One in four university students in Australia drops out, according to a report released by the Grattan Institute. It is clear that students who struggle a lot are more likely to drop out, with support satisfaction and dropping out strongly interlinked, so the question of how we can improve this statistic remains.
With education our largest service export (Universities Australia, 2017), it's important that our universities are able to both attract, but also crucially, retain students. And this means tackling the problem of drop-out rates head on.
Stress a key factor in drop-outs
Stress appears to be one of the principal reasons why students struggle at university. Whilst there are a myriad of contributions to the stress students experience, 40 per cent of respondents in the 2018 National Student Well-being survey said that 24/7 online support for when they're not in class or off campus would help them combat study stress. The same report also showed that that 51 per cent of Australian university students have thought about abandoning their degree as a result of the pressures caused by isolated studying.
Reducing stress through on-demand, online study help
Universities are often perceived as institutions that take time to change, but with so many students now immersed in the online world, universities must also match this. For example, 19 per cent of Australian tertiary students believe physical campuses will cease to exist in 20 years. The figure jumped significantly for students with rural post codes, standing at 25 per cent for regional Queensland and 36 per cent for Tasmania. Thousands of students are already largely accessing much of their learning online, and this needs to spread even further.
Not only does the ability to study online fit more seamlessly into students' personal lives, it also goes a long way in reducing stress. Sometimes, attending weekly lectures are not enough for students to confidently feel that they can complete their assignments. However, as class sizes grow and lecturers become even more time-poor, students have less access to core study skills support.
Online study help that students can access at a time that suits them, provides students with this much-needed extra help, without putting added pressure on lecturers and other teaching staff.
"It's significant that 1 in 5 students doesn't think it's essential for a campus to be part of their experience." @jackaroo2000 in @FinancialReview about our recent study with Australian students. https://t.co/AQUm03WFtY— Studiosity (@studiosity) February 13, 2018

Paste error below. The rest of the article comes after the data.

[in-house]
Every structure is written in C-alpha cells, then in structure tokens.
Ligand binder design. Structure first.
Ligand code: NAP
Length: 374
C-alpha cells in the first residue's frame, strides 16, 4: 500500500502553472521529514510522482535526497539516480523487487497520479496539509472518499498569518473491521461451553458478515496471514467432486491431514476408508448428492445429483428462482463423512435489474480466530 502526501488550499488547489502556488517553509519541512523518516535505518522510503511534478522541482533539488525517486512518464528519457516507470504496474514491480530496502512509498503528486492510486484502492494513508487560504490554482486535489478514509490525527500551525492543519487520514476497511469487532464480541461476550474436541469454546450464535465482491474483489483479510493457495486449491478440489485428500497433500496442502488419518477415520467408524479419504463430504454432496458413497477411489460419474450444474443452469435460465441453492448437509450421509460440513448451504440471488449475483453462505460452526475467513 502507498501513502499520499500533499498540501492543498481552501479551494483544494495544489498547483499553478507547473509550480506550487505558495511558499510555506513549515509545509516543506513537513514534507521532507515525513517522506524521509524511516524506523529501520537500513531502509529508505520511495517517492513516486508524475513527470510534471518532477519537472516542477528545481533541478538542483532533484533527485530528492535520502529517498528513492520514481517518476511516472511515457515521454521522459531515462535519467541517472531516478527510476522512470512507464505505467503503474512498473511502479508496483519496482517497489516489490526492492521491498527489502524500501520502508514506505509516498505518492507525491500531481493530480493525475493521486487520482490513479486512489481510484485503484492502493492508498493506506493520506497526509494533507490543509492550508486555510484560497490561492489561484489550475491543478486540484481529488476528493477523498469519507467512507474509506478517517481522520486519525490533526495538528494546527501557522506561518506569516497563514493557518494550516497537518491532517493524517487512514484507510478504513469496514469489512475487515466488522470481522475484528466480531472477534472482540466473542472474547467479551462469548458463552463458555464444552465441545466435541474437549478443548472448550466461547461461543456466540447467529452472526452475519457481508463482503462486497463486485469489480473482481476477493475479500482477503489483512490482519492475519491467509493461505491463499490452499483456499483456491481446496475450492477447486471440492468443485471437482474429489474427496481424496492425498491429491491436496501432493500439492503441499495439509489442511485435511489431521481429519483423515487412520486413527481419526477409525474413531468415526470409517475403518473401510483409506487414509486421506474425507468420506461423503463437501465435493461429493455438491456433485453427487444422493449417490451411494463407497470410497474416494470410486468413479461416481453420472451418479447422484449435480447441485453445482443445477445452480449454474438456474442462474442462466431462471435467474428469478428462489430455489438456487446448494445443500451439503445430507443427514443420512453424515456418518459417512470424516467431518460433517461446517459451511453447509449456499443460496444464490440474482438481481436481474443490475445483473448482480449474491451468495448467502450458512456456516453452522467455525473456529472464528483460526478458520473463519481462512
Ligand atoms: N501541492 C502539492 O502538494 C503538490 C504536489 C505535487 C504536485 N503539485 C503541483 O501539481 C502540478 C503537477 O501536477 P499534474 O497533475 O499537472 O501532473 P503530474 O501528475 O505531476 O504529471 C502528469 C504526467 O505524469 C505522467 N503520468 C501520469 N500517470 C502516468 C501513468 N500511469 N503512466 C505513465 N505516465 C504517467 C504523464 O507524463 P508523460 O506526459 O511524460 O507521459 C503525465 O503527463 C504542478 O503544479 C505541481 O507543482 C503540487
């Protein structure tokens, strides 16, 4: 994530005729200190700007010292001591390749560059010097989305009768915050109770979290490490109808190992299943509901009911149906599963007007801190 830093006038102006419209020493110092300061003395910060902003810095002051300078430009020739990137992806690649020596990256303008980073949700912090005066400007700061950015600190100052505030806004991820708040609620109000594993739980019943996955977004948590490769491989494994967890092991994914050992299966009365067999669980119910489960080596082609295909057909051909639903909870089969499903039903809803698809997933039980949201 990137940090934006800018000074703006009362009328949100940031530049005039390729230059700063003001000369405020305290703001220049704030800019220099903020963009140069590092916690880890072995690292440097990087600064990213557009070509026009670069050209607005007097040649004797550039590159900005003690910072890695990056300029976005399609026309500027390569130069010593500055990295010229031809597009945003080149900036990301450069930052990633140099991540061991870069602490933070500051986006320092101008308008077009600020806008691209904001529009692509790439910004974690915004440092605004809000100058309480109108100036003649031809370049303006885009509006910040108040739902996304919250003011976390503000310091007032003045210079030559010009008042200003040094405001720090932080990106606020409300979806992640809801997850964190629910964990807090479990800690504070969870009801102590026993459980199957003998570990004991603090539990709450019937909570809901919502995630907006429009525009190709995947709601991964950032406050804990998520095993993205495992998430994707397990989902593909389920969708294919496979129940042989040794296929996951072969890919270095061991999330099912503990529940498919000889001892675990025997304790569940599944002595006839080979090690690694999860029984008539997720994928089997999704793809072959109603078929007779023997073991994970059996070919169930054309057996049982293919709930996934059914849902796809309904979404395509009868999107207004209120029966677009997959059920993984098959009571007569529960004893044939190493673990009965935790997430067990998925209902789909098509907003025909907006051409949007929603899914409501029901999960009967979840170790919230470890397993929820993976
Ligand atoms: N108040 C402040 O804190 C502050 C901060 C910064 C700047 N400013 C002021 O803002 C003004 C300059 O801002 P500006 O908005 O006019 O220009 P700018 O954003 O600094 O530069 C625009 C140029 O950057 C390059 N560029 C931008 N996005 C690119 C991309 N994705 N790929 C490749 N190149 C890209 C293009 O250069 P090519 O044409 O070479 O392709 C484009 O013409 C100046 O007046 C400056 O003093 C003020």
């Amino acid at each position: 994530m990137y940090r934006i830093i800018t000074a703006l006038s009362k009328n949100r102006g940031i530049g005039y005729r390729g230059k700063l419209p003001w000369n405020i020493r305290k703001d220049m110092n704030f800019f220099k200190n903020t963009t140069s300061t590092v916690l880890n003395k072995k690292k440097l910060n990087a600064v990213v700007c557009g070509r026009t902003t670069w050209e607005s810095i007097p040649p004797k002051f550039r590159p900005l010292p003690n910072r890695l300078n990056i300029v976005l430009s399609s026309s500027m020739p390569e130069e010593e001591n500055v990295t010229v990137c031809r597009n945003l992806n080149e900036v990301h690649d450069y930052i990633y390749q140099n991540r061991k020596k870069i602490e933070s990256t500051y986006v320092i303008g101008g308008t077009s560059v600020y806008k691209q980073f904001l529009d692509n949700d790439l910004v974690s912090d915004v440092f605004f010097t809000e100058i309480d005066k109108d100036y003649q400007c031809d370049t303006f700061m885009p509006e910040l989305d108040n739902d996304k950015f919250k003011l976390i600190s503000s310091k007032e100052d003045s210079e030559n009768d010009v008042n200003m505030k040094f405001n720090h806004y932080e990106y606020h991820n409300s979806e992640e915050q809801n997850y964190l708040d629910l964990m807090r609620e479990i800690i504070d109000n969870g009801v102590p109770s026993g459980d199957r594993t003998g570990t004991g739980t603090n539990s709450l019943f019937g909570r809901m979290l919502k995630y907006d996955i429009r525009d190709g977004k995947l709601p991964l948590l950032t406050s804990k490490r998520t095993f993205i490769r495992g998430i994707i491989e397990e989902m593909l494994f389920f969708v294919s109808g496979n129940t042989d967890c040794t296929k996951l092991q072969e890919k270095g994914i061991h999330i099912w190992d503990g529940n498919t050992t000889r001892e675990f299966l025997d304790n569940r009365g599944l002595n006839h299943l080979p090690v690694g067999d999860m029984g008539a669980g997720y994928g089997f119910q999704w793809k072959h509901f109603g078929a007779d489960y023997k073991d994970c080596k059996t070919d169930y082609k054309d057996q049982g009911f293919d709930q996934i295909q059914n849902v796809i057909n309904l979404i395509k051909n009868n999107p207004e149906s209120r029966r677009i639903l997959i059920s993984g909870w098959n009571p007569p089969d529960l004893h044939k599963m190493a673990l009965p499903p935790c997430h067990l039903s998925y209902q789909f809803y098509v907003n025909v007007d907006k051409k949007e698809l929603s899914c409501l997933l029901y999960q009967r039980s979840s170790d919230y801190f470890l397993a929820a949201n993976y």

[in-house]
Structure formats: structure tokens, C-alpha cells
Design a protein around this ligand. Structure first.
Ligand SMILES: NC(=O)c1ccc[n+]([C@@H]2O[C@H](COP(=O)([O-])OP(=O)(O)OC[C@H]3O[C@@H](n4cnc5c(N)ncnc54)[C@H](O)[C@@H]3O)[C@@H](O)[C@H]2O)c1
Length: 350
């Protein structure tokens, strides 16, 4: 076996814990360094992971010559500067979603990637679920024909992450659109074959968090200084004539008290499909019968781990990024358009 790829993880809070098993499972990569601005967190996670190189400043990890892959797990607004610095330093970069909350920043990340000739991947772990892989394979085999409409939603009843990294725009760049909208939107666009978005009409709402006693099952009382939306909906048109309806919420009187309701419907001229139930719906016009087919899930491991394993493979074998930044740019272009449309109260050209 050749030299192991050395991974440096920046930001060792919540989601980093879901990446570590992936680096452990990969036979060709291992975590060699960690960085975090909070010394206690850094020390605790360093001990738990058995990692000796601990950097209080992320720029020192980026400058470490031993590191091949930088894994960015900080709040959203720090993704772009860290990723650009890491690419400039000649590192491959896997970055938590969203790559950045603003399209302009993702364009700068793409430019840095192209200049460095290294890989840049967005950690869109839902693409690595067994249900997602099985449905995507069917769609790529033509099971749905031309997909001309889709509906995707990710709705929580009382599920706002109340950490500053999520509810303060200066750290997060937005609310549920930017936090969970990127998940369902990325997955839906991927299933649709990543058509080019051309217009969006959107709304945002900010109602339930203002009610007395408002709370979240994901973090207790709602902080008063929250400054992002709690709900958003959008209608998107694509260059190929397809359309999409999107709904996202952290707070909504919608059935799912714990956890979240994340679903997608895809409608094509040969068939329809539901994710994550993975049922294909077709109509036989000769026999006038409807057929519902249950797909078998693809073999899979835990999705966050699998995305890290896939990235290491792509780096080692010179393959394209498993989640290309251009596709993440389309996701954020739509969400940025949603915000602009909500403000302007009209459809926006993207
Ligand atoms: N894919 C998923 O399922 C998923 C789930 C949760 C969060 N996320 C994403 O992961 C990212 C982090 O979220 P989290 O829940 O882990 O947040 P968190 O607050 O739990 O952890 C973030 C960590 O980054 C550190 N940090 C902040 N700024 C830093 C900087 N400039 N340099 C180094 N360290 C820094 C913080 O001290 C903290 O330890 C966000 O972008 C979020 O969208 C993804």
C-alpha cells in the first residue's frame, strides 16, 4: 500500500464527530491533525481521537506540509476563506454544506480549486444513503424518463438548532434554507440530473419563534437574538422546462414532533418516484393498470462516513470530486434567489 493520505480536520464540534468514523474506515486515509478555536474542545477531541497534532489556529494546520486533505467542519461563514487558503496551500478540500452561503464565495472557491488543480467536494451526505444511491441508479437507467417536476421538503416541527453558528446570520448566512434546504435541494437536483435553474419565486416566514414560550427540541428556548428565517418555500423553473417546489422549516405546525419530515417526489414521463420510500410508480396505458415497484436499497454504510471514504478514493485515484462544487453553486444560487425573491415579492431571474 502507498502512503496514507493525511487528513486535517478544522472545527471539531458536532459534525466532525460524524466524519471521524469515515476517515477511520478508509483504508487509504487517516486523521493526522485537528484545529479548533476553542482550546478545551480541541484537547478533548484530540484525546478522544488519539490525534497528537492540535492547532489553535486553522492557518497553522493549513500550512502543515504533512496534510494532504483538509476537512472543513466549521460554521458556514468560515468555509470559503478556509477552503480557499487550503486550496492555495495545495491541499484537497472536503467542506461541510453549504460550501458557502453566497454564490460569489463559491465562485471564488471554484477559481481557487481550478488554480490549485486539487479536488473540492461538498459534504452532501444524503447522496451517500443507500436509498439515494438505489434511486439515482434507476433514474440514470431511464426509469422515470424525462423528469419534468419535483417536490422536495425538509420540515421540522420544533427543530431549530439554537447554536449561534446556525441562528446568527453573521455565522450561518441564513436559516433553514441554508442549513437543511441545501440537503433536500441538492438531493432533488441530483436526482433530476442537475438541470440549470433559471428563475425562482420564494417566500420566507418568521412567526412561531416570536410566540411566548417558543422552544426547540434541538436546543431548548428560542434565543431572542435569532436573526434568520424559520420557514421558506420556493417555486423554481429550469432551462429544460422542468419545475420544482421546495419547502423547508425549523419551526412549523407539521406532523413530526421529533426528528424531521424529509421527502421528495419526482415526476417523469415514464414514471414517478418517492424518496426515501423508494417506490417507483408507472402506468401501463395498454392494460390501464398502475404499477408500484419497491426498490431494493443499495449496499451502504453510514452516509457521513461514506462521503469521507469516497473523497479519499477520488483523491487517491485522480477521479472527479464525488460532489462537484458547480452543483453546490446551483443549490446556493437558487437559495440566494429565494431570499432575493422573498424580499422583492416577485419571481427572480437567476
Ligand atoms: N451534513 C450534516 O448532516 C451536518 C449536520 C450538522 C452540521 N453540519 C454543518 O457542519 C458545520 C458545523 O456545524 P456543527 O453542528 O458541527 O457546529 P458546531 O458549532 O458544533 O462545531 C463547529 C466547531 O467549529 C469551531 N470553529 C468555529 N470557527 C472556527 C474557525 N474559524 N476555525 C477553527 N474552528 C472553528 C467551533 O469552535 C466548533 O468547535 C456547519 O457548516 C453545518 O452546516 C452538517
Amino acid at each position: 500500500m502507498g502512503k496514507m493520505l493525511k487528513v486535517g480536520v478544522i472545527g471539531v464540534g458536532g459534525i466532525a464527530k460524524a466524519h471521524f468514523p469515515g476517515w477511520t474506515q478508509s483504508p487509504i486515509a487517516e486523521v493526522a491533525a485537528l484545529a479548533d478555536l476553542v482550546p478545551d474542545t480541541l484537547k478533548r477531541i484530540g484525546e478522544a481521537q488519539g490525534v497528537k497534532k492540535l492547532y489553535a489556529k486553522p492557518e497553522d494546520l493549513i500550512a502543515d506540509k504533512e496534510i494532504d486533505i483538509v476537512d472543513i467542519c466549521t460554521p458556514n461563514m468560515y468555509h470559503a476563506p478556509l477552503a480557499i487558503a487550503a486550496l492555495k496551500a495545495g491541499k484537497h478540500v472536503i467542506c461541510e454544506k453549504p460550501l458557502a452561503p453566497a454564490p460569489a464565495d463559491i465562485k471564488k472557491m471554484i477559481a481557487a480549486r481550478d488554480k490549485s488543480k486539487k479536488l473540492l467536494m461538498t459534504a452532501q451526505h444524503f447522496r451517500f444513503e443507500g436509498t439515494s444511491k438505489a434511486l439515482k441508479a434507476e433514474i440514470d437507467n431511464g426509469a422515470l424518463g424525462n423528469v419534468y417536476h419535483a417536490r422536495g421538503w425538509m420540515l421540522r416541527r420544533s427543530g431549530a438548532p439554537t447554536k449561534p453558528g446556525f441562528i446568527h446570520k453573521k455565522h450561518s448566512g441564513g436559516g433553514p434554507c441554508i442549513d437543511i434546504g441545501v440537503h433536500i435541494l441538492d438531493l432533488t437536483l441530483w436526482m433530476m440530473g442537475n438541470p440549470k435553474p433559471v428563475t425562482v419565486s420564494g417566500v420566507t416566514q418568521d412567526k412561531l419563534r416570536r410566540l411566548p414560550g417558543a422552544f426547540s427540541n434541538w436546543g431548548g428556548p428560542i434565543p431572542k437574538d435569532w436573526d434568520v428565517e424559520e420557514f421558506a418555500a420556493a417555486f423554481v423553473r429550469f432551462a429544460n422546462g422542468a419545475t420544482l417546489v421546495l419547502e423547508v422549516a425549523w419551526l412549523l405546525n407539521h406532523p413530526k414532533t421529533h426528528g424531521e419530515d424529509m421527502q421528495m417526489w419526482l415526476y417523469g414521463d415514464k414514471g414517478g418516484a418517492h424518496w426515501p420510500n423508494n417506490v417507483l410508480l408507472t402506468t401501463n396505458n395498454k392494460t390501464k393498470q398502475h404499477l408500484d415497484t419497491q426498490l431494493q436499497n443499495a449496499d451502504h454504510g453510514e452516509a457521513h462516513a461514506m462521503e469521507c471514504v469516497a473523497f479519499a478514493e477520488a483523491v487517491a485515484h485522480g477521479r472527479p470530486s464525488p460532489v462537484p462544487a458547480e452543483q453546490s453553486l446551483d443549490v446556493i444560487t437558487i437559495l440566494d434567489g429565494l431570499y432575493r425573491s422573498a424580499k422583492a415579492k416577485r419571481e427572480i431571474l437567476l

Study help with Studiosity
While lecturers will always provide the core information and coursework, study help services such as Studiosity allow students to feel that they've got the basics right. For example, the Connect Live service offers core subject support that takes students through the specific problem they're stuck on, in real time, focusing on how to get to the answer rather than on the answer itself.
Likewise the Writing Feedback service provides commentary on a student's document, and highlights examples within their work where a student has made a particular error, to help them identify and correct that error in future.
The efficacy of Studiosity is proven. At James Cook University, students who used Studiosity received nearly one GPA score higher than those who did not. This was evident regardless of gender, ethnicity, OP class or mode of delivery (online vs on-campus).
Had some really good feedback on grammar, academic writing style and referencing from @studiosity ... returned in 6 hours of submission. A really great service - highly reccommend!— Amy (@AmyMarshNurse) May 17, 2018
Drop-out rates will never get to zero, and indeed it's important that people can try out university and are able to stop if they feel it isn't for them. However, what we don't want is students that leave because they are stressed, rather than because they don't suit university or further study. A study-help service like Studiosity can help relieve this stress after hours, helping students to get the marks they want, and feel more confident in the process.
For more information, reach out to the team at Studiosity today.
Studiosity (2018). 2018 National student survey: Wellbeing and study responses from Australian students. Available at: https://www.studiosity.com/2018studentsurvey
Universities Australia. (2017). Key Facts & Data. [online] Available at: https://www.universitiesaustralia.edu.au/australias-universities/key-facts-and-data#.W6R9u5MzZAZ